If you need a quick fun project, then try the reverse electrolysis rust removal! Lots of fun.
Just do a search on the forum for this topic. I took some old hassler shocks from storage that had surface rust. The first pictures show the start of the process with gas bubbles beginning to surface. The last pictures show after 12 hours the dirty rust debris from the sacrificial metal spike. This really works well. Great to show the grand kids basic chemistry too!
I used a 45 gal trash can to remove the rust from my running boards. Also works good for long parts.
For smaller parts I use a 5-gal bucket and a 3-gal container. What I like about electrolysis is that it preserve the character of the part. If I beadblast then it changes the appearance.
What can I use for an aluminum drum valve corroded into a brass carb body?
Your first picture looks like it has a spindle, or some other spindle like shaft. I would recommend not using electrolysis on any steering, rear axle shafts or internals, or engine internals because of the possibility of hydrogen embrittlement.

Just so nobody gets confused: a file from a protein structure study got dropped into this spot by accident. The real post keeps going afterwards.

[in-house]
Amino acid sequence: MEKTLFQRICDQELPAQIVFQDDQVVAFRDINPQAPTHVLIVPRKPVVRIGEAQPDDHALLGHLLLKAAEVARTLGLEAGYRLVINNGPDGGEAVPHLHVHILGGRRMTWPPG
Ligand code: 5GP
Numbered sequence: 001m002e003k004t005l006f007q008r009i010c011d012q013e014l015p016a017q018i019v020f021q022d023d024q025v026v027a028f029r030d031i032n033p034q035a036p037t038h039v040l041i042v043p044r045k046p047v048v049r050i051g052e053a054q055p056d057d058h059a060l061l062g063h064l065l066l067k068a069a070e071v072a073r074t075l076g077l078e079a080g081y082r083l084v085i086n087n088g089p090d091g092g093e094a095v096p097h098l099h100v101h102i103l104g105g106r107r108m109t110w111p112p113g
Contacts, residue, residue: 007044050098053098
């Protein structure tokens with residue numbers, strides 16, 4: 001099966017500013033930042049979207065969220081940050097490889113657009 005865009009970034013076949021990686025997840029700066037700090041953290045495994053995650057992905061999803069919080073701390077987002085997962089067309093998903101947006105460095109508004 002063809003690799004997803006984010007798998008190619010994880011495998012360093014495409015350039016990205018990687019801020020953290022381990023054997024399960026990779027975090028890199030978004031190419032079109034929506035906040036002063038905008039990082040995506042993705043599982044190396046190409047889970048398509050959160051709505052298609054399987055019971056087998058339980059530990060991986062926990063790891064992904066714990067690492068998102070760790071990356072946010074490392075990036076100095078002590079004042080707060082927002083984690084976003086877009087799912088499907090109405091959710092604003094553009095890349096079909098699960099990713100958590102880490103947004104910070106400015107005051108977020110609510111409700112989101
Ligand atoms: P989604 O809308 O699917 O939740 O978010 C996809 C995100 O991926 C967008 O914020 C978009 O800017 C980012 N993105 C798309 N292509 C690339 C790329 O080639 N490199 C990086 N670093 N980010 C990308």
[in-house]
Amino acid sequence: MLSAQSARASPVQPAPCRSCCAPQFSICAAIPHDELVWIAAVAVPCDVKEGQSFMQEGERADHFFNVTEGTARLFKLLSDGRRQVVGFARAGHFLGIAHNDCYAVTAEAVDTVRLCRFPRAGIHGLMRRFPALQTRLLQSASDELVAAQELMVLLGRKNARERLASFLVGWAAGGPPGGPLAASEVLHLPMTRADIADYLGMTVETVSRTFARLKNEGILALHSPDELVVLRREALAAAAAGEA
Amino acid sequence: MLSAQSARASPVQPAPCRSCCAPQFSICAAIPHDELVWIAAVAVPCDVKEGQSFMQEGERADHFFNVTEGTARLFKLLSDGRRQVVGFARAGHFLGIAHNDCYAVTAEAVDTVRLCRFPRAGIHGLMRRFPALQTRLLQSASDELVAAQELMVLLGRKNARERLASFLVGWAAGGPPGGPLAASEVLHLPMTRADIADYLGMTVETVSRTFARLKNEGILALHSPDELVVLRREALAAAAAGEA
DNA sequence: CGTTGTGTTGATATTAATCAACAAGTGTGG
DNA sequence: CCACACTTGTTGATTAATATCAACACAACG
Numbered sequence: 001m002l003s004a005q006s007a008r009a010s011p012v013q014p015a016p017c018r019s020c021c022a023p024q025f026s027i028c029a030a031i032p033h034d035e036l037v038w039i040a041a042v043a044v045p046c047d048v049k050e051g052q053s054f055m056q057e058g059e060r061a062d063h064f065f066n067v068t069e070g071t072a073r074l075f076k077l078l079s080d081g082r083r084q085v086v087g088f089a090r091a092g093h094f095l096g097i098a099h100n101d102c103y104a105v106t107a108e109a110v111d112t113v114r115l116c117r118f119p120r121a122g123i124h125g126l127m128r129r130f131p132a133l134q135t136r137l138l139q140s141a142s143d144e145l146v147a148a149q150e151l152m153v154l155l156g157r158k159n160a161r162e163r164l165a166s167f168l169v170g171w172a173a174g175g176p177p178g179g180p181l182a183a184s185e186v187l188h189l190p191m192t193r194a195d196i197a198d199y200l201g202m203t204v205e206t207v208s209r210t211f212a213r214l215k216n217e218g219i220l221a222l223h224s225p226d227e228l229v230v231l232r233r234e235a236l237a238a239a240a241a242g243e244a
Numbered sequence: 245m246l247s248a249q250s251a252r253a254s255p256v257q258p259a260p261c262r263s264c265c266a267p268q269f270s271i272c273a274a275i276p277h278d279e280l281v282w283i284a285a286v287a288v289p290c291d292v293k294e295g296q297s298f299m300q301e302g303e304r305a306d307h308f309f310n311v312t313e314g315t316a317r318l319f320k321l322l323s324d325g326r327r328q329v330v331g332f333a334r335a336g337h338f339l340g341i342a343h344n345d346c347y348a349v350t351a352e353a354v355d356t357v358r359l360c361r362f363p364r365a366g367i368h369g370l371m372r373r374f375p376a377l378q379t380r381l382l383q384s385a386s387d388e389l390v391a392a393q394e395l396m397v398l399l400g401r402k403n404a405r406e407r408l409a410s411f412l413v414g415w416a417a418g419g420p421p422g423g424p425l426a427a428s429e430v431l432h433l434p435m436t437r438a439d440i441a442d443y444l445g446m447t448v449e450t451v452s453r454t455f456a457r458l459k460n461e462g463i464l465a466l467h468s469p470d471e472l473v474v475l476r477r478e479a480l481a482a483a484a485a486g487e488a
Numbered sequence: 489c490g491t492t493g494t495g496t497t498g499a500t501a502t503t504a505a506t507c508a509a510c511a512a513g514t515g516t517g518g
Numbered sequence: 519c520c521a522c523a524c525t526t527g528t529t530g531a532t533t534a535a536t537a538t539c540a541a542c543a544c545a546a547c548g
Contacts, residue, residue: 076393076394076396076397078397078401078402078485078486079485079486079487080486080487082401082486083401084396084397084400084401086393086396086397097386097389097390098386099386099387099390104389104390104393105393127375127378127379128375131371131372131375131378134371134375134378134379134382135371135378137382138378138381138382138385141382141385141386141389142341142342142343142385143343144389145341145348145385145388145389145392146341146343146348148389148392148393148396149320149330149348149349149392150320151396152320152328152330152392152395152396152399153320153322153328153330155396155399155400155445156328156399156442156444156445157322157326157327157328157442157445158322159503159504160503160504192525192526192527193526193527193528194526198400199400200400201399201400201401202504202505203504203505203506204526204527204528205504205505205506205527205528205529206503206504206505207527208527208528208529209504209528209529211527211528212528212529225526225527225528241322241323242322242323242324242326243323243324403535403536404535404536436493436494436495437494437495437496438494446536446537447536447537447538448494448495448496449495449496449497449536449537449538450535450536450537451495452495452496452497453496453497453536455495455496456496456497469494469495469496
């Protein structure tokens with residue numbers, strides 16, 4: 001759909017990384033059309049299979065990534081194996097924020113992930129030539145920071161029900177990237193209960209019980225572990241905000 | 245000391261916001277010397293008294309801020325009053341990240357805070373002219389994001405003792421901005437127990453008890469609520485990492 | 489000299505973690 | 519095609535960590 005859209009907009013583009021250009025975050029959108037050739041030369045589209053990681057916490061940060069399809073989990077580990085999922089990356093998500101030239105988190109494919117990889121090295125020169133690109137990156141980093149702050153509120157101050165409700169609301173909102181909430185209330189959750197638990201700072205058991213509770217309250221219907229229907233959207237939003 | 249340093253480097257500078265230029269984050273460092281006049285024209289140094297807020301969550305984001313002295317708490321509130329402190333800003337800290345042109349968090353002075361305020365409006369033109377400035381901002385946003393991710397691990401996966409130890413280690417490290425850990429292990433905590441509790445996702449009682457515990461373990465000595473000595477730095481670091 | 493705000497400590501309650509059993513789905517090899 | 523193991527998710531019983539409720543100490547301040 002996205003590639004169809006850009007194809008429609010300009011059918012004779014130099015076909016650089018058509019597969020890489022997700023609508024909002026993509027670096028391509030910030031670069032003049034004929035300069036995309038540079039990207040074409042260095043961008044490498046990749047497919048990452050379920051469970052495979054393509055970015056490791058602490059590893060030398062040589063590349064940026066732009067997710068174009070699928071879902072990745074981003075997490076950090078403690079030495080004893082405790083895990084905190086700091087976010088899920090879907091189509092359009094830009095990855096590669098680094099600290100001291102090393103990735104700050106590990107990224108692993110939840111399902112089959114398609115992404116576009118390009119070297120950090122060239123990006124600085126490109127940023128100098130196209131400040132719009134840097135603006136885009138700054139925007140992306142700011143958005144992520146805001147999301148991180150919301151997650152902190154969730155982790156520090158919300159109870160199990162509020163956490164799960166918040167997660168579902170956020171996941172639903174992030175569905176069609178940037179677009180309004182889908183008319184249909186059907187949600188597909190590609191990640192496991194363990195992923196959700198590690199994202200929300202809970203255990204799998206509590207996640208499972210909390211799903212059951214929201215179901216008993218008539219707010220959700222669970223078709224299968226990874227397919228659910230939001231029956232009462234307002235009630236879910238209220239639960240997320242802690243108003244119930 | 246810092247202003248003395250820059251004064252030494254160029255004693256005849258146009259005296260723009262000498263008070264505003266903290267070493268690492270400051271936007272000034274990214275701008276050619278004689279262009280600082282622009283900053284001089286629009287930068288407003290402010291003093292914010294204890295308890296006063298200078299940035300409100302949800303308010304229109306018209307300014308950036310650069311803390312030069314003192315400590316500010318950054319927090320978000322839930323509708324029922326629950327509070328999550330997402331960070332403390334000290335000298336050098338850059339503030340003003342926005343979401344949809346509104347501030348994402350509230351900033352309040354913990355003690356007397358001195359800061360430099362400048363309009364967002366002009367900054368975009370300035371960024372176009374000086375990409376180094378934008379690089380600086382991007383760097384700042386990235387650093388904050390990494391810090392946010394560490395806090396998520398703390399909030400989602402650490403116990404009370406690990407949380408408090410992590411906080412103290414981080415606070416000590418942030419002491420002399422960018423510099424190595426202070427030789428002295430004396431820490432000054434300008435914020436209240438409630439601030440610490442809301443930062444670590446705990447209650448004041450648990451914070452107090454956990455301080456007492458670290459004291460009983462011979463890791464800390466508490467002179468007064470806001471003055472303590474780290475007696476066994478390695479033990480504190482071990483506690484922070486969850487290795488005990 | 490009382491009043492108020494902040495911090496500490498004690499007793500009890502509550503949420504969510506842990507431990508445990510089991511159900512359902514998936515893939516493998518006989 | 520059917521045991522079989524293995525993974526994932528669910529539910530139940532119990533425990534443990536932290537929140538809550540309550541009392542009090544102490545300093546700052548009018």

Hydrogen embrittlement can result in a delayed brittle fracture.
Ted thanks for the advice. No just hassler shocks the item to the far right is a big metal spike used as the sacrificial anode
If you are not in a real big hurry to remove rust, I have another solution. Take one gallon of "feed grade" molasses and mix with ten gallons of water. It won't take off grease or paint but will remove rust in about two weeks. One of the advantages is it goes places that you can't sandblast. Naturally you will have a real sweet molasses smell but not too bad. Once in a while you will need to stir the solution. It also will last a long time. May have to add water due to evaporation. Feed grade molasses can be bought at the Co-Op or at your local store that has deer hunting supplies. I have used this for a long time and have been very satisfied.
If you don't want to save the aluminium drum put the carb body in a solution of caustic soda and water.
Its used as a paint stripper among other things.
When I was an apprentice the painter soaked his spray gun in a caustic solution to clean it of accumulated paint. When he checked it the next day only the brass parts were in the solution the aluminium had dissolved.
Yeh, thanks Peter... The drum is the heart of this Master/Miller carb. Kroil hasn't touched it yet, nor has 250F.